State rejects anti-abortion ballot measure

Activist mulls going to court to fight decision

Posted: Wednesday, January 12, 2011

Alaska Attorney General John Burns, and his predecessor, Attorney General Dan Sullivan, have each rejected anti-abortion ballot measures submitted by Anchorage's Clinton Desjarlais. Now, the anti-abortion activist says he intends to go to court to get a measure on the ballot to ban abortion and stop the government-sanctioned taking of human life.

“I’m a Christian, I know that life begins at conception, its readily apparent,” Desjarlais said.

Lt. Gov. Mead Treadwell Tuesday rejected the Natural Right to Life initiative submitted by Desjarlais and two other petitioners, saying a legal review determined that it was unconstitutional and thus one of the few measures that could be rejected before signature gathering began.

“I was convinced the controlling case law made this clearly unconstitutional,” Treadwell said Tuesday.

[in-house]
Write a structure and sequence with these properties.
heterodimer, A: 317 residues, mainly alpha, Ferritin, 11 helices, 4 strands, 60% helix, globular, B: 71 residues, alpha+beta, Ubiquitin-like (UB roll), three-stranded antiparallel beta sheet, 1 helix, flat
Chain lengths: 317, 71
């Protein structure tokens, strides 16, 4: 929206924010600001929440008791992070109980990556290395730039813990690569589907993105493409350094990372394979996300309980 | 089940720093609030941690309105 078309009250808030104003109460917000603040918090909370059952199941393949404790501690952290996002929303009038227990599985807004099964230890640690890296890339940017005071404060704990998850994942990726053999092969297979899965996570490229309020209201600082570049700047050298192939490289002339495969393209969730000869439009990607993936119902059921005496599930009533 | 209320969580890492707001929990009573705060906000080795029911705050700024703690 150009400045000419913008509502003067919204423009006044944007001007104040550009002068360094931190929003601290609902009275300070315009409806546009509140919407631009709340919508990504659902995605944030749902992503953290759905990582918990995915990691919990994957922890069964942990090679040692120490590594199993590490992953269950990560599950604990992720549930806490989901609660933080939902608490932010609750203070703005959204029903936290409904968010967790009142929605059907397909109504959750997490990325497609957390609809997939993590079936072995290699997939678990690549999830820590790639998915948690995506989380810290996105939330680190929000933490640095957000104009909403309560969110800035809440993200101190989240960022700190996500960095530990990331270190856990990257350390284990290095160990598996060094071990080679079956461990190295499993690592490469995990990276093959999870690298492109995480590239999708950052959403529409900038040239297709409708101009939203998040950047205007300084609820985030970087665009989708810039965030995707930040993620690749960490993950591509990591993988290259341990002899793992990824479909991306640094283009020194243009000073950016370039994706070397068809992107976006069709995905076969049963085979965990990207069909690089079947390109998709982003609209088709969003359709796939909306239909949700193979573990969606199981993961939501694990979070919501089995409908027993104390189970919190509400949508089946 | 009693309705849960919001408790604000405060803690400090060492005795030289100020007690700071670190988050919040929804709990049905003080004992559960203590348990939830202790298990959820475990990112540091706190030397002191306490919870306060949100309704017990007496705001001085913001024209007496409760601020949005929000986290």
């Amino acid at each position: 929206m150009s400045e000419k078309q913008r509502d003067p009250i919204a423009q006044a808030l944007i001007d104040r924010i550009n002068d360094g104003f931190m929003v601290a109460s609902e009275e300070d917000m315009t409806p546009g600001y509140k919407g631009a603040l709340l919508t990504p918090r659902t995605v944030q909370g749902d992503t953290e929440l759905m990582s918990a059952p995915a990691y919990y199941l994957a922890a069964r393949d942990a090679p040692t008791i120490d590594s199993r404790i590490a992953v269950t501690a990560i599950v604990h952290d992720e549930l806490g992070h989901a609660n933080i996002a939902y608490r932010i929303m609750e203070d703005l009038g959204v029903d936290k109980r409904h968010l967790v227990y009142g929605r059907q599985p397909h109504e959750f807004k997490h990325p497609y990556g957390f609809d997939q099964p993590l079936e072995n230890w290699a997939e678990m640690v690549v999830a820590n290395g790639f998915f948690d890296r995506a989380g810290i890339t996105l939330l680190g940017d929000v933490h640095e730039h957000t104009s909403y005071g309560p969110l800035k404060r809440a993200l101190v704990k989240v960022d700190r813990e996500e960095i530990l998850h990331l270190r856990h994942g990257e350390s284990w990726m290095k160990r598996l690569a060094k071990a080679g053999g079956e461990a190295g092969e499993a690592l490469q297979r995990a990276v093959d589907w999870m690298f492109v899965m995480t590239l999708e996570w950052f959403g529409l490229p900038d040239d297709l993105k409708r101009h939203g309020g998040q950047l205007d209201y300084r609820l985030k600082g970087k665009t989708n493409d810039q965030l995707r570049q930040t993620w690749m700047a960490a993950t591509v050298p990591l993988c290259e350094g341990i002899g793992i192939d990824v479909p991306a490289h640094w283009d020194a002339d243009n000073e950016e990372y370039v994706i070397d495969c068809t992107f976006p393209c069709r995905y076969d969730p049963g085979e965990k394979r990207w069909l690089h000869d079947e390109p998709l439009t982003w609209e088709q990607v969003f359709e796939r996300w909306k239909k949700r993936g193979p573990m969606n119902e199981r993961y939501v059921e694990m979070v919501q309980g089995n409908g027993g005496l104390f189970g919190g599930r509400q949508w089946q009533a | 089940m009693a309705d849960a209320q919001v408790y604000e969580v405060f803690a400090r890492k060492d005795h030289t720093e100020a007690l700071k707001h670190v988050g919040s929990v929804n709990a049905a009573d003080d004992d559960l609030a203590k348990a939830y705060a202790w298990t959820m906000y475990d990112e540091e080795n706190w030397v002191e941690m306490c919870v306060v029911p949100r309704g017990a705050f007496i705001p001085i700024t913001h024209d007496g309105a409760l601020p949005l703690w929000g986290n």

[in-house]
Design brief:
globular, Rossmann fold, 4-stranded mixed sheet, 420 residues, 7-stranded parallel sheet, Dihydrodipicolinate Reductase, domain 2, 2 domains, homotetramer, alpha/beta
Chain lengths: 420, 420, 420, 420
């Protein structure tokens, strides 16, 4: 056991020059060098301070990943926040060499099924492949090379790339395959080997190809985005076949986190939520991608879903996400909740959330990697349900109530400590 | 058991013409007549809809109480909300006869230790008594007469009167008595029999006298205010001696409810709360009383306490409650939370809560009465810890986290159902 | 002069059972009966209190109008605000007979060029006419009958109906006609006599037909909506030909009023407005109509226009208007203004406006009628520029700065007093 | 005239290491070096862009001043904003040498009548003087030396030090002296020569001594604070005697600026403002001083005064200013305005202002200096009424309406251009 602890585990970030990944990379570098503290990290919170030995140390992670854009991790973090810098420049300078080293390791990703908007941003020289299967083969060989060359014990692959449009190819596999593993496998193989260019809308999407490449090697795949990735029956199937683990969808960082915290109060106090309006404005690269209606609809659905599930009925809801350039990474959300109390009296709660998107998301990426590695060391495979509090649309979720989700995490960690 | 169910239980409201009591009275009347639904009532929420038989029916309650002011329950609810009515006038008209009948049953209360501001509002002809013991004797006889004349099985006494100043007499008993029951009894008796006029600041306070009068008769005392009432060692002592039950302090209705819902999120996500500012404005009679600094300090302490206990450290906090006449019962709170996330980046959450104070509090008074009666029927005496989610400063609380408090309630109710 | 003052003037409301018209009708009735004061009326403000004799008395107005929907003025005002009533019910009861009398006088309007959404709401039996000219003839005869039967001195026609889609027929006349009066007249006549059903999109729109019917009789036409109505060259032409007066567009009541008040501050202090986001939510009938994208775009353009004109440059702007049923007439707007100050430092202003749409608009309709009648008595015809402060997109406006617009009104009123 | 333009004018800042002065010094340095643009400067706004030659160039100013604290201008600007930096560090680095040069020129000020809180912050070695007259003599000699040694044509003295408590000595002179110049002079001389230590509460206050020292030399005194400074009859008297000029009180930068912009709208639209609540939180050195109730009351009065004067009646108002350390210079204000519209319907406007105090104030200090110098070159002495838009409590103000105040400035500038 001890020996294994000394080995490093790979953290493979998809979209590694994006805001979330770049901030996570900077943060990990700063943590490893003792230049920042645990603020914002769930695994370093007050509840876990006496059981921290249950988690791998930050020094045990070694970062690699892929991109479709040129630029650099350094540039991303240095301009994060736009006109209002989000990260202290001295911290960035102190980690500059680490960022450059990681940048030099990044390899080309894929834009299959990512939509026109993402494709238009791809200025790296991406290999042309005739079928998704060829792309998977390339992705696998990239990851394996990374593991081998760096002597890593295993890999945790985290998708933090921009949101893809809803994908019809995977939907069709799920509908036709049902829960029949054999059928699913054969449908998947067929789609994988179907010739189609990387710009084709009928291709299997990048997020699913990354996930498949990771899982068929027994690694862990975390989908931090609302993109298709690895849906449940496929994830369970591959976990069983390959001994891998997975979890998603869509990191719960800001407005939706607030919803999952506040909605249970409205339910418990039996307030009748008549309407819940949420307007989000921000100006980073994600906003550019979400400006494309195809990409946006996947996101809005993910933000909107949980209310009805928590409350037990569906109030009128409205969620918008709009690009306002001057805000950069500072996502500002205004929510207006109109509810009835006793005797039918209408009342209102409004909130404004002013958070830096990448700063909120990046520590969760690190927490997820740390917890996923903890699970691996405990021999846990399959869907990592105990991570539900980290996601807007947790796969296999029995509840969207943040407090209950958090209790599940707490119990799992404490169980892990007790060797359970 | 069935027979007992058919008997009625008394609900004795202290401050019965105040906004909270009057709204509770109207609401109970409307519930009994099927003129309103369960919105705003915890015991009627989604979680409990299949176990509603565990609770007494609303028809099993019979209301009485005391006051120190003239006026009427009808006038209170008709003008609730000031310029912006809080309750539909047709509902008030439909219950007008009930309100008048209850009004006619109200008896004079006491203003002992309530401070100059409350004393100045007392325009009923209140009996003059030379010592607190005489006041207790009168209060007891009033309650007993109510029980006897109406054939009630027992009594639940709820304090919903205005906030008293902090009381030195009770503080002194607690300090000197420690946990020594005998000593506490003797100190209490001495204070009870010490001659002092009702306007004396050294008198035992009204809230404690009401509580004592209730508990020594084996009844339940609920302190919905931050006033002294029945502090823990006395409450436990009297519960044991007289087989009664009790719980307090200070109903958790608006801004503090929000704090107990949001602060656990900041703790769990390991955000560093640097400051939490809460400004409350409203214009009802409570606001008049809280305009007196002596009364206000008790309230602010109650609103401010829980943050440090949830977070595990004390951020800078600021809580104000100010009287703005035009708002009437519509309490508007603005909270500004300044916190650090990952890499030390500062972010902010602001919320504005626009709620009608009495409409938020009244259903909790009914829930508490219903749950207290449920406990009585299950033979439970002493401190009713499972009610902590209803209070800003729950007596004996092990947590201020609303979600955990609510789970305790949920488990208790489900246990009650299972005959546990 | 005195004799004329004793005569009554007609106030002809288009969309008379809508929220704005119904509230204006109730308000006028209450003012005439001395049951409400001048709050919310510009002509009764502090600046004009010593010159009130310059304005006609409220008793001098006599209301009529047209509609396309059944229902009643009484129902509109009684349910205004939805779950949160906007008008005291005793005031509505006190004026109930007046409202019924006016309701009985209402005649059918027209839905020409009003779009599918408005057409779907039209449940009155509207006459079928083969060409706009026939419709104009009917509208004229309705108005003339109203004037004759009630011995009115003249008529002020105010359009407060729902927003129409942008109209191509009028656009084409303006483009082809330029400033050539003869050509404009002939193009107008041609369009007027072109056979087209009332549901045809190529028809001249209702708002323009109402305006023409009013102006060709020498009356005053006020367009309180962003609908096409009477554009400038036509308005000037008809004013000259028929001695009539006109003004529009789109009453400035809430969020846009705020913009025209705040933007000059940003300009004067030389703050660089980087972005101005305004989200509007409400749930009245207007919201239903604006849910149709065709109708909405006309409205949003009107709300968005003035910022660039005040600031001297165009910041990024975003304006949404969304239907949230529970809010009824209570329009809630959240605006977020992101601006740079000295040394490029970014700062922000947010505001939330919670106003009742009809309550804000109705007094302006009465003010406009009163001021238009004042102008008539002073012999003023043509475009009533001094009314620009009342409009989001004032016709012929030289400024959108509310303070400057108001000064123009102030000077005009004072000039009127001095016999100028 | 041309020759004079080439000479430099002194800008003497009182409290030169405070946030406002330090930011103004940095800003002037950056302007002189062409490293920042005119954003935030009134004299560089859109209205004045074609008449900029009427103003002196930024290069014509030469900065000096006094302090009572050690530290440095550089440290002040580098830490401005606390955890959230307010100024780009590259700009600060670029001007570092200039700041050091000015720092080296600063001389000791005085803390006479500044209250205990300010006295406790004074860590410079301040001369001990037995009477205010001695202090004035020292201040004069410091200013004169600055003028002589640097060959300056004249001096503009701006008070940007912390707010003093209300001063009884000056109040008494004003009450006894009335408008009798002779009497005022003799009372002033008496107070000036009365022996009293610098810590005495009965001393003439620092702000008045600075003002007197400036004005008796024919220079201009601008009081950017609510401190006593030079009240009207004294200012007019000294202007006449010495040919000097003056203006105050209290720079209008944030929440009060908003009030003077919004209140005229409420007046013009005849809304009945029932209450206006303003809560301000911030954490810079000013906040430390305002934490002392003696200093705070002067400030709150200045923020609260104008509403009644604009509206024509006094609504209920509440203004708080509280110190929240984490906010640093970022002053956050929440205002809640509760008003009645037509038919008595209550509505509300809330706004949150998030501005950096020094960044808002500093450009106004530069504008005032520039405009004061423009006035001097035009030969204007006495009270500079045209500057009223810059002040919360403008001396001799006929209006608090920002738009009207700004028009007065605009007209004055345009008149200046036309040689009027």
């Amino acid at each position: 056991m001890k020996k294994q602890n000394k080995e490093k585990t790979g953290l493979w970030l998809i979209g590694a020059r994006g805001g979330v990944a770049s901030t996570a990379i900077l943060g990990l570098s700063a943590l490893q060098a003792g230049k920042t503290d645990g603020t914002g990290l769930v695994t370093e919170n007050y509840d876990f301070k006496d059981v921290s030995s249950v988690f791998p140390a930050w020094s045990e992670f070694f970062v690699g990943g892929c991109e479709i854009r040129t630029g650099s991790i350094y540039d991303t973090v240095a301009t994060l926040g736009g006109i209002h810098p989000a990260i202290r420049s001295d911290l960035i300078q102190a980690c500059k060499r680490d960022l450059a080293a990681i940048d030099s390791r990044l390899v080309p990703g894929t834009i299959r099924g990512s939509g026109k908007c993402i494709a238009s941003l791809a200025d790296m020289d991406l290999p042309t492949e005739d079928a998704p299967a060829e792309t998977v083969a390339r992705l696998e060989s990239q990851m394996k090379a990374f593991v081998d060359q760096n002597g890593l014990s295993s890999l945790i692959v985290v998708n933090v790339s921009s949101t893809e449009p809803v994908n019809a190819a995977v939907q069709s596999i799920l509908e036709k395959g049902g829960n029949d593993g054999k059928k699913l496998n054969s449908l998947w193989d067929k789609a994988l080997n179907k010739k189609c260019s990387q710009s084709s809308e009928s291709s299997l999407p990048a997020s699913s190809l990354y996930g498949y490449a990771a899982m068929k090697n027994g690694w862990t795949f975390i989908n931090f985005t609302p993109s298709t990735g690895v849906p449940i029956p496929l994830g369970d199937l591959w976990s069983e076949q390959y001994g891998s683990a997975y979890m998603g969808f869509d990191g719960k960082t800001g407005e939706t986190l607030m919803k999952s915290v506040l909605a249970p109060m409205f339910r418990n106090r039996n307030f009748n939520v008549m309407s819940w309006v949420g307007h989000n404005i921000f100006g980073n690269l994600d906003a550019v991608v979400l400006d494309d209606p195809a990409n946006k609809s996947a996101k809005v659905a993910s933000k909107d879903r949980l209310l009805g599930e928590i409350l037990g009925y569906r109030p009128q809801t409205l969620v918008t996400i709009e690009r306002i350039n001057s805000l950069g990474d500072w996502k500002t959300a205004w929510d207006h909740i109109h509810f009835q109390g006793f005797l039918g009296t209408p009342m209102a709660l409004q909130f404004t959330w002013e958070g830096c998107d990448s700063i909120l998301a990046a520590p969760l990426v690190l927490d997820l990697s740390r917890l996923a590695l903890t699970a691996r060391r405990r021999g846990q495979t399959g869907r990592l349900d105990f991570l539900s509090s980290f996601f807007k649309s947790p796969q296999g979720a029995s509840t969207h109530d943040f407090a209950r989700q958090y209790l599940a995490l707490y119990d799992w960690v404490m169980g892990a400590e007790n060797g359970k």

Treadwell said that while he would prefer to let voters decide most issues and state law says to lean towards placing doubtful measures on the ballot, in this case the attorneys he relied upon said there was no question that it would be declared unconstitutional.

Desjarlais said Treadwell should have ignored the legal advice and allowed signature gathering to begin anyway.

“If he claims to be a pro-life person, why doesn't he certify it anyway,” Desjarlais asked.

Both state Constitutional protections for a woman’s right to privacy and the U.S. Supreme Court case Roe v. Wade are clear, Treadwell said.

The Natural Right to Life initiative rejection follows last fall's rejection of a similar measure, the Sanctity of Life measure, which was rejected by then-Lt. Gov. Craig Campbell upon the advice of former Attorney General Dan Sullivan.

Burns is an appointee of Gov. Sean Parnell; Campbell and Sullivan were appointed by former Gov. Sarah Palin.

Treadwell said he's personally opposed to abortion but that an exhaustive review of the law convinced him he had little choice.

“I spent more time on this issue than any other single issue since wrapping up the senate election, and I did not see very much of a choice,” he said.

Desjarlais said he'd like to see the Alaska Constitution changed to end abortion, but Alaska law does not allow constitutional amendments to be made by initiative petition. He said he now plans to go to court to seek a place on the ballot for his measure.

“My tentative intent is to litigate this, and to challenge in court the denial of the right to the initiative process,” Desjarlais said.

• Contact reporter Pat Forgey at 523-2250 or

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